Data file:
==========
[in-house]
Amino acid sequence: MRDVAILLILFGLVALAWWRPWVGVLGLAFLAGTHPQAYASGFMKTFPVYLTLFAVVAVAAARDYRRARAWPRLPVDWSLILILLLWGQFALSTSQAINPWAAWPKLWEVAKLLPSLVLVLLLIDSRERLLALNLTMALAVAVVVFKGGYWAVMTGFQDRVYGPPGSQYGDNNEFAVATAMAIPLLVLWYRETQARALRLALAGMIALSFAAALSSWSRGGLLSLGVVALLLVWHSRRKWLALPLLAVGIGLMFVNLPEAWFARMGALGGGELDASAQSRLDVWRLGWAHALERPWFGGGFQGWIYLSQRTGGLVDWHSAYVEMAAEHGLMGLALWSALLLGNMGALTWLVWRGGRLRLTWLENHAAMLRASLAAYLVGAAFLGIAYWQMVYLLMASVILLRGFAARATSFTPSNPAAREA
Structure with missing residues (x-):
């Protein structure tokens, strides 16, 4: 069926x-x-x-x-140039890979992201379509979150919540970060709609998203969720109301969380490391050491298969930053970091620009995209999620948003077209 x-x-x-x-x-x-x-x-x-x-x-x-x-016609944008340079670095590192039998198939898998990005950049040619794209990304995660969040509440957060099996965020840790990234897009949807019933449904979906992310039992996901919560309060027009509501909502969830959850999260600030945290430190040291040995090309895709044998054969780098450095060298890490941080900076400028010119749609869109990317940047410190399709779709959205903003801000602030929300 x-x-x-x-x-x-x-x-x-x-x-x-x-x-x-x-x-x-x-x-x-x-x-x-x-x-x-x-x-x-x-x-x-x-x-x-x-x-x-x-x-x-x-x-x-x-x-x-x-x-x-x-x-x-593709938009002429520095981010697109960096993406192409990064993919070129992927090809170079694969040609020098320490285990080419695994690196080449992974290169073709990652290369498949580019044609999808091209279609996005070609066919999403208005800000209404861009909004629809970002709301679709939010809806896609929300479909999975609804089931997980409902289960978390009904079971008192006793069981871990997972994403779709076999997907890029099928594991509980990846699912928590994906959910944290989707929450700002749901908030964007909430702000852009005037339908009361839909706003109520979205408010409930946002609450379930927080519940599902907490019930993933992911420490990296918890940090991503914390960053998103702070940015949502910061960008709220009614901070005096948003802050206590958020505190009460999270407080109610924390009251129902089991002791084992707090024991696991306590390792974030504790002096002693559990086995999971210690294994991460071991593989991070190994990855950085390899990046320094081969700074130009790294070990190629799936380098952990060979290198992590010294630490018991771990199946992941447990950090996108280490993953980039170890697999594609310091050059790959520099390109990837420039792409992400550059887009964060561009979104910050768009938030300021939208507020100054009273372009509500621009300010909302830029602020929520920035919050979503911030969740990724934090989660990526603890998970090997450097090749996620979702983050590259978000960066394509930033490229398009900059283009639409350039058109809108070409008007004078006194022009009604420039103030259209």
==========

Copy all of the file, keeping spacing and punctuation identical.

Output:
[in-house]
Amino acid sequence: MRDVAILLILFGLVALAWWRPWVGVLGLAFLAGTHPQAYASGFMKTFPVYLTLFAVVAVAAARDYRRARAWPRLPVDWSLILILLLWGQFALSTSQAINPWAAWPKLWEVAKLLPSLVLVLLLIDSRERLLALNLTMALAVAVVVFKGGYWAVMTGFQDRVYGPPGSQYGDNNEFAVATAMAIPLLVLWYRETQARALRLALAGMIALSFAAALSSWSRGGLLSLGVVALLLVWHSRRKWLALPLLAVGIGLMFVNLPEAWFARMGALGGGELDASAQSRLDVWRLGWAHALERPWFGGGFQGWIYLSQRTGGLVDWHSAYVEMAAEHGLMGLALWSALLLGNMGALTWLVWRGGRLRLTWLENHAAMLRASLAAYLVGAAFLGIAYWQMVYLLMASVILLRGFAARATSFTPSNPAAREA
Structure with missing residues (x-):
């Protein structure tokens, strides 16, 4: 069926x-x-x-x-140039890979992201379509979150919540970060709609998203969720109301969380490391050491298969930053970091620009995209999620948003077209 x-x-x-x-x-x-x-x-x-x-x-x-x-016609944008340079670095590192039998198939898998990005950049040619794209990304995660969040509440957060099996965020840790990234897009949807019933449904979906992310039992996901919560309060027009509501909502969830959850999260600030945290430190040291040995090309895709044998054969780098450095060298890490941080900076400028010119749609869109990317940047410190399709779709959205903003801000602030929300 x-x-x-x-x-x-x-x-x-x-x-x-x-x-x-x-x-x-x-x-x-x-x-x-x-x-x-x-x-x-x-x-x-x-x-x-x-x-x-x-x-x-x-x-x-x-x-x-x-x-x-x-x-x-593709938009002429520095981010697109960096993406192409990064993919070129992927090809170079694969040609020098320490285990080419695994690196080449992974290169073709990652290369498949580019044609999808091209279609996005070609066919999403208005800000209404861009909004629809970002709301679709939010809806896609929300479909999975609804089931997980409902289960978390009904079971008192006793069981871990997972994403779709076999997907890029099928594991509980990846699912928590994906959910944290989707929450700002749901908030964007909430702000852009005037339908009361839909706003109520979205408010409930946002609450379930927080519940599902907490019930993933992911420490990296918890940090991503914390960053998103702070940015949502910061960008709220009614901070005096948003802050206590958020505190009460999270407080109610924390009251129902089991002791084992707090024991696991306590390792974030504790002096002693559990086995999971210690294994991460071991593989991070190994990855950085390899990046320094081969700074130009790294070990190629799936380098952990060979290198992590010294630490018991771990199946992941447990950090996108280490993953980039170890697999594609310091050059790959520099390109990837420039792409992400550059887009964060561009979104910050768009938030300021939208507020100054009273372009509500621009300010909302830029602020929520920035919050979503911030969740990724934090989660990526603890998970090997450097090749996620979702983050590259978000960066394509930033490229398009900059283009639409350039058109809108070409008007004078006194022009009604420039103030259209």